Abstract TP325: Utilizing Data to Drive Stroke Program Management

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Abstract

Introduction: There continues to be a lack of standard data management tools for neurovascular service lines and stroke programs. Many hospitals use “home grown” spreadsheets or upload to various registries which are designed more toward research initiatives than daily operations.

Hypothesis: Installation of a dedicated Neurovascular Information System (NVIS) will result in improved efficiency, quality, and financial performance in operating a stroke program and/or neurovascular service line.

Methods: A large health system in Tennessee installed an NVIS for daily use within its Comprehensive Stroke Center. The NVIS was designed to support automated data entry by front line care givers and capture clinical data for initial patient evaluation. This standardized data set is used to create an auto-generated neurologic consult report that posts to the patient record. The system is utilized through mobile technology, such as tablets and static monitoring units in identified key locations.

Data related to post discharge follow up referrals and visits to the neurology clinic, sleep lab, and cardiology clinic are also captured. Personnel from post-discharge clinics query the data base to assure patients receive appropriate follow up testing and care across the broader care delivery system. The staff is matching financial and post-discharge results with clinical markers to derive cost-benefit benchmarks.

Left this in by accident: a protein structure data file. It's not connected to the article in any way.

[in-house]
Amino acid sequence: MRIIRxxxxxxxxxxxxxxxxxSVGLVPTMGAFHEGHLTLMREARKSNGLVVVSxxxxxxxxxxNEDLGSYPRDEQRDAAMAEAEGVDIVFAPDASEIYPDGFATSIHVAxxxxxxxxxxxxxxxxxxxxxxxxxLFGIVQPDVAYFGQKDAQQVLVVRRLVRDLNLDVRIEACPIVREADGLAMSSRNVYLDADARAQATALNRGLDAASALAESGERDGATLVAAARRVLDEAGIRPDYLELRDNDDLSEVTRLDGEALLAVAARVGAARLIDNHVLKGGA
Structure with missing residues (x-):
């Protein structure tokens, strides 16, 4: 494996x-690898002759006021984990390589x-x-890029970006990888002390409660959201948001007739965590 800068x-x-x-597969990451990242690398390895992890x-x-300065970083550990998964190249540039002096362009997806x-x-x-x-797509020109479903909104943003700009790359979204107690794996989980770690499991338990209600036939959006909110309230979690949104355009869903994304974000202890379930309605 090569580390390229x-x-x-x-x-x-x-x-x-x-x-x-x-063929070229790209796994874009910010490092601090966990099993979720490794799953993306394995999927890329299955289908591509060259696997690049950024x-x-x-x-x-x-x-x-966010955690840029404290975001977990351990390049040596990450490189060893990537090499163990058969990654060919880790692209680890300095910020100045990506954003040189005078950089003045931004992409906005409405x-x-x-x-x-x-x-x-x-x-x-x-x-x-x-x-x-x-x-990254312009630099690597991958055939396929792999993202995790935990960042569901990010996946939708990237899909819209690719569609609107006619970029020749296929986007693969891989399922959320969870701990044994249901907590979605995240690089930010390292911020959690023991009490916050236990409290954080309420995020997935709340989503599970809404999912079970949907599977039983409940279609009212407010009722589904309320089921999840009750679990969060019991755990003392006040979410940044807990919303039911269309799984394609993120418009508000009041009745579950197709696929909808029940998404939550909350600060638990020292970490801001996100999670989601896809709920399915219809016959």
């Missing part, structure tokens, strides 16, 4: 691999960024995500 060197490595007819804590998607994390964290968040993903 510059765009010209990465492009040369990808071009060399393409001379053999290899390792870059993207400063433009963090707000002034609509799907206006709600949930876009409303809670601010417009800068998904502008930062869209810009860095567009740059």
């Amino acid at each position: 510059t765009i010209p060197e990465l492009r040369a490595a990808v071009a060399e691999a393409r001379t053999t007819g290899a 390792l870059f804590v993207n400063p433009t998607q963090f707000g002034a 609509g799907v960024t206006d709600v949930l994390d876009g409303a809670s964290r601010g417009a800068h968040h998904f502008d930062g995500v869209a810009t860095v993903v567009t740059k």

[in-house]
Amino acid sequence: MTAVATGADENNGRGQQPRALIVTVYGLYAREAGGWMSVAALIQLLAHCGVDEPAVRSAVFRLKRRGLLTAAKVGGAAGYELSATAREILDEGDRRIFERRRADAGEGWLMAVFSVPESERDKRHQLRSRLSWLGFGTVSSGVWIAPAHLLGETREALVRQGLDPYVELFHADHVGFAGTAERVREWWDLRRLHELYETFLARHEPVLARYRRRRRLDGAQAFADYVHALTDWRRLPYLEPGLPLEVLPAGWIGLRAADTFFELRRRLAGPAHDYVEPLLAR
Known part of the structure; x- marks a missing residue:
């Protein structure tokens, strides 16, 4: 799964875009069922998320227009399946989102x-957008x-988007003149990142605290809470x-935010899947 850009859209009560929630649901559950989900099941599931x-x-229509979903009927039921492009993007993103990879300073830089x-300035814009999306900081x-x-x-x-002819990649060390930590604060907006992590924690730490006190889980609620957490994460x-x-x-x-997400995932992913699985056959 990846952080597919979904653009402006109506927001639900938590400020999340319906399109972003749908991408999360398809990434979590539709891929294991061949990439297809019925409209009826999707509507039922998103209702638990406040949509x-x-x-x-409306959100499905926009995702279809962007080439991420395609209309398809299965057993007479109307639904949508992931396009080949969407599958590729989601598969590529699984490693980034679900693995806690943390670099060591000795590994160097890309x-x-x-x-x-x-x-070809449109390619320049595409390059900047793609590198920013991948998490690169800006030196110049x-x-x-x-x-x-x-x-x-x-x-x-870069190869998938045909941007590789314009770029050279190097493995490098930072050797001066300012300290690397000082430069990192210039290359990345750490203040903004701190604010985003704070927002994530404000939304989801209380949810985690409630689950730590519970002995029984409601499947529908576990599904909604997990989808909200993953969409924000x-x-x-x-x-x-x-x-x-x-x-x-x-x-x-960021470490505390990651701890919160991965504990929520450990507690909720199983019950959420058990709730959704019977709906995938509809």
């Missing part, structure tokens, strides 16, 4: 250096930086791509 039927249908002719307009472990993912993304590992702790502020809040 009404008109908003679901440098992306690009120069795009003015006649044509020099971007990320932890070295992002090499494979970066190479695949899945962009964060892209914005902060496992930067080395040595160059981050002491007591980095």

Results: Data collection and reporting systems have provided efficiencies for neurology caregivers. Neuroconsults are auto generated by the NVIS while the patient is on the table in the CT scanner and discrete data fields are then uploaded to national databases. The health system increased its capture of downstream testing for the stroke population. Stroke patient visits to these follow up clinics/services have increased by at least 50% from last year. Referral information recorded in NVIS documents indications for follow up and guides the post discharge clinician in scheduling appropriate tests in the right timeframe.

Conclusion: Utilization of a dedicated NVIS reversed the narrative related to stroke program management and allowed program leaders to use data to drive programmatic decisions and development to support care delivery processes.

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